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Imagining a Bizarro World With Rational Discussions About Parking

Remember that time you attended a public meeting about redesigning a street, and when the issue of free on-street parking spaces came up, the discussion was so thoughtful and productive that you walked away feeling refreshed and full of optimism? Me neither.

Parking has a way of bringing out the worst in us. Photo: New Rochelle Talks
Parking has a way of bringing out the worst in us. Photo: New Rochelle Talks
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But Bill Lindeke at Streets.mn has imagined the rational community discussion about parking that you fantasize about -- here's what it might look like:

Most of the time, when people are discussing parking, parking lots, paying for parking, or whether or not it’s difficult to find parking, I’ve noticed how quickly someone who might have had concerns puts aside petty squabbles and embraces the bigpicture view.

I mean, the absolute worst case scenario is that you have to pay a few dollars or walk a few blocks through our lovely city on the well-designed and always comfortable sidewalks filled with non-threatening street life. As we all know, walking in our city is such a pleasure that most people love strolling around.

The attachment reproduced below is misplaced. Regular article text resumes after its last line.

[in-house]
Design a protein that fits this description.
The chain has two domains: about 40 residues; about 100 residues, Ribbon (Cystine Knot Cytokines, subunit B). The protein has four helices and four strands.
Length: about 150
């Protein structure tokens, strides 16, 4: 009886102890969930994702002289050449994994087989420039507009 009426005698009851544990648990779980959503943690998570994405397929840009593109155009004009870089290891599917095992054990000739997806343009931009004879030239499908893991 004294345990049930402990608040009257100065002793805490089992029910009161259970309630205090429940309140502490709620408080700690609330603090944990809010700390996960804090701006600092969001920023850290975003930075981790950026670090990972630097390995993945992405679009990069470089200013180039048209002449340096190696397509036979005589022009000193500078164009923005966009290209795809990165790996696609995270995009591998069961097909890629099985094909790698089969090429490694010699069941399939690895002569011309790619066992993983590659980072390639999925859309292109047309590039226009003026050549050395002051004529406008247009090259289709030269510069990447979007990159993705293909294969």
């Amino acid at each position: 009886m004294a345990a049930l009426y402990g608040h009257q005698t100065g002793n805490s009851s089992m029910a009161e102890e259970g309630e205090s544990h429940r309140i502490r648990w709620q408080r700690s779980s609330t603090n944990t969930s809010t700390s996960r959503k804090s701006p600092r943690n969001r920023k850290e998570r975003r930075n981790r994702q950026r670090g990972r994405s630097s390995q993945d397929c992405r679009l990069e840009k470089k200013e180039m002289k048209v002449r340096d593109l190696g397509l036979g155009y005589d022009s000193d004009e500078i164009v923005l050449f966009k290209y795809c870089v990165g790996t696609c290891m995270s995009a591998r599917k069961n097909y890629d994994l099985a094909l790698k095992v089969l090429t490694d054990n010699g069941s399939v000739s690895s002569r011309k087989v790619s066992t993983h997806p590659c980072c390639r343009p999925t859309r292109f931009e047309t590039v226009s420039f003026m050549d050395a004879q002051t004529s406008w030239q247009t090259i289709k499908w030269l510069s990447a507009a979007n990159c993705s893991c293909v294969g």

For example, just the other day a new restaurant wanted to open up in our city, but their parking lot was small compared to the Coon Rapids Applebee’s. Well, once the business owner explained the situation, and how the neighborhood was walkable and historic, everyone was OK with it. That’s inspiring!

Another example was the time that bicyclists asked the neighborhood for a bike lane on our busy street. The only catch? They’d have to remove a couple of parking spots in order to make the street safe. Once they explained it, folks in the community realized that safety was important. All of them agreed that having to walk to the other side of the street was worth the sacrifice. In fact, some of them even tried riding a bicycle themselves! That was inspiring too.

Another thing I love about parking conversations is how quickly people get on board with paying a little bit of money for the privilege of parking their car in busy commercial neighborhoods. It’s surprising because, every once in a while, people can seem reluctant to pay for parking. It’s hard to believe, but it’s true! Sometimes I hear stories about how car drivers once in a while might treat a free parking space like a god-given right such as life liberty and the pursuit of happiness. Yep, it’s the exception that proves the rule.

Elsewhere on the Network today: Cyclelicious shares the proposed new guidelines for protecting pedestrians and cyclists in construction zones in Santa Cruz, California. And Streets.mn introduces the concept of "transpotainment," which explains why transportation projects more for their novelty than their usefulness seem to keep surfacing in U.S. cities.

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